Can I contact my former employer’s customers?

UPDATED: Sep 30, 2022

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Can I contact my former employer’s customers?

I quit my job because of personal conflicts with my boss. So I opened my own salon about 10 miles from him. Then my ex-boss texted me and warned me not to contacts his customers. I worked for him for 5 years and built up many my loyal customers and they keep coming back

to me. I need to contact them to let them known I own my own business. Another thing is I did not sign any contact with my ex-boss that I’m not allowed to contact his customers. When he texts me is it his right to tell me not to reach out his customers? He owned them?

Asked on October 25, 2016 under Employment Labor Law, California


SJZ, Member, New York Bar / FreeAdvice Contributing Attorney

Answered 6 years ago | Contributor

It's not that he "owns" the customers, but you cannot use information, such as customer names or contact information, you only received as part of your job, in order to do your job, now for your own benefit. If you do so, you may be misappropriating your former employer's proprietary information and he could sue you. The law doesn't let you use information given to you so you could benefit the employer for your own benefit.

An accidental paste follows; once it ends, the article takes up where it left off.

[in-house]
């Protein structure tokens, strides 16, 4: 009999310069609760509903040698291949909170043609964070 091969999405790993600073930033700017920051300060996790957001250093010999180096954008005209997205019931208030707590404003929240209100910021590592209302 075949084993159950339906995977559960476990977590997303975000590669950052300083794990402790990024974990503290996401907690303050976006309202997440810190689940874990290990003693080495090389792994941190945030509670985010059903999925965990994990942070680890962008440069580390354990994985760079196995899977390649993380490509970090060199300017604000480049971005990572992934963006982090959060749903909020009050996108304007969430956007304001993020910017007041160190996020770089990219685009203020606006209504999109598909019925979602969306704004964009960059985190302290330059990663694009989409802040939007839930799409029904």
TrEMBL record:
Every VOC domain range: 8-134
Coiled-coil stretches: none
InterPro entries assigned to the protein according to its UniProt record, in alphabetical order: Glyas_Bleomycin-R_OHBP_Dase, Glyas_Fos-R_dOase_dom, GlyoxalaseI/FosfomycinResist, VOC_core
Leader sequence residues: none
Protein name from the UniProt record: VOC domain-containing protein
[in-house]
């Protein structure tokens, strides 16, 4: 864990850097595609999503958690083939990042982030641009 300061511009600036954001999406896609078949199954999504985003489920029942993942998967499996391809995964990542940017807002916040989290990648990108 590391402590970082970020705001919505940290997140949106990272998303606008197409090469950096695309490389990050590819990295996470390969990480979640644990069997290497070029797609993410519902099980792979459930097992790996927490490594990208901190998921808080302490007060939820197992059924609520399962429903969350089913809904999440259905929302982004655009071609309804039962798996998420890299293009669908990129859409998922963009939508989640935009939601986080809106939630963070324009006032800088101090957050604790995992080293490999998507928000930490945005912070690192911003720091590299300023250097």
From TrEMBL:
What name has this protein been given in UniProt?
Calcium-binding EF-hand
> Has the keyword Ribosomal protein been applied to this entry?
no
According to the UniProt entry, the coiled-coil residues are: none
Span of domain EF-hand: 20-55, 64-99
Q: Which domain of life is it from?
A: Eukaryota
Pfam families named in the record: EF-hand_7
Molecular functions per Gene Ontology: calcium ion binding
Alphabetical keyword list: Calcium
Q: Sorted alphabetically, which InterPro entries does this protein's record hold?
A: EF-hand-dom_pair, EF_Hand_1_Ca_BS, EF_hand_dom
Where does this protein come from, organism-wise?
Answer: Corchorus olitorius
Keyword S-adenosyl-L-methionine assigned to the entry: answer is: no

What you can do:
1) Any customers you knew independently of your work for the ex-employer (customers of yours from before you worked for him; friends and family) you can contact.
2) You can generally adverstise your business--i.e. not specifically contact his customers, but rather take our print, radio, or internet ads, put us fliers/signs, do a "free styling" day for the poor to get some media coverage, etc.--and if his former customers respond to you due to general advertising or publicity, that's fine.
3) Word of mouth--one of his customers who becomes aware of your new salon can tell others.
4) Etc.--anything other advertising or marketing that is general or global.
The only thing you can't do is use the contact information you received only because you worked for the former employer to directly contact his customers.

IMPORTANT NOTICE: The Answer(s) provided above are for general information only. The attorney providing the answer was not serving as the attorney for the person submitting the question or in any attorney-client relationship with such person. Laws may vary from state to state, and sometimes change. Tiny variations in the facts, or a fact not set forth in a question, often can change a legal outcome or an attorney's conclusion. Although has verified the attorney was admitted to practice law in at least one jurisdiction, he or she may not be authorized to practice law in the jurisdiction referred to in the question, nor is he or she necessarily experienced in the area of the law involved. Unlike the information in the Answer(s) above, upon which you should NOT rely, for personal advice you can rely upon we suggest you retain an attorney to represent you.

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